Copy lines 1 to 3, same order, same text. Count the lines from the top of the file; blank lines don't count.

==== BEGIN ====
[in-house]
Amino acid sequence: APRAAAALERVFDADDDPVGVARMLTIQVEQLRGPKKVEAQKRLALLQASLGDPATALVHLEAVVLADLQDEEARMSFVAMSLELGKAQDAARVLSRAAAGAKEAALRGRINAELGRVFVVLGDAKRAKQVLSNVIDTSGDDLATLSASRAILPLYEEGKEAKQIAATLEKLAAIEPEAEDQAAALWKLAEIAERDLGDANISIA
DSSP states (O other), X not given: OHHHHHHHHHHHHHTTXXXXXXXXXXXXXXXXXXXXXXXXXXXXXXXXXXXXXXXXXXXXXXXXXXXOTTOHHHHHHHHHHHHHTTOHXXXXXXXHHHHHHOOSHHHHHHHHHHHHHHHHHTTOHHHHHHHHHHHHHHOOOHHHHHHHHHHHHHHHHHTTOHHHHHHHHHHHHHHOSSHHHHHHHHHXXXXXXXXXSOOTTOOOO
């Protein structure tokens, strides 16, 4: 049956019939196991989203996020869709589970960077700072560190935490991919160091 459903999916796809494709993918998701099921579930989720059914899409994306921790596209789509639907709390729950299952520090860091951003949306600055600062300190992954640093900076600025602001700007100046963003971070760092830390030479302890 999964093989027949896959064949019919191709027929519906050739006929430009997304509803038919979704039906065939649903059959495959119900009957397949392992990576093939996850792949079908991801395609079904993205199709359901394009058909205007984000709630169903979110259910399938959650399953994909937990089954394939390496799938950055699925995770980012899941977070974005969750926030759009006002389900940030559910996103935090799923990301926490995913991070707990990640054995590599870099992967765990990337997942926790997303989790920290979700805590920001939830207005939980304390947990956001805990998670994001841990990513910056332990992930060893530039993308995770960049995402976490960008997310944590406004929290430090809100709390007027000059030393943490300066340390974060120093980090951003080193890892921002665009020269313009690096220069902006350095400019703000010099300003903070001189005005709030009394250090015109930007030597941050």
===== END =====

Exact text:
[in-house]
Amino acid sequence: APRAAAALERVFDADDDPVGVARMLTIQVEQLRGPKKVEAQKRLALLQASLGDPATALVHLEAVVLADLQDEEARMSFVAMSLELGKAQDAARVLSRAAAGAKEAALRGRINAELGRVFVVLGDAKRAKQVLSNVIDTSGDDLATLSASRAILPLYEEGKEAKQIAATLEKLAAIEPEAEDQAAALWKLAEIAERDLGDANISIA
DSSP states (O other), X not given: OHHHHHHHHHHHHHTTXXXXXXXXXXXXXXXXXXXXXXXXXXXXXXXXXXXXXXXXXXXXXXXXXXXOTTOHHHHHHHHHHHHHTTOHXXXXXXXHHHHHHOOSHHHHHHHHHHHHHHHHHTTOHHHHHHHHHHHHHHOOOHHHHHHHHHHHHHHHHHTTOHHHHHHHHHHHHHHOSSHHHHHHHHHXXXXXXXXXSOOTTOOOO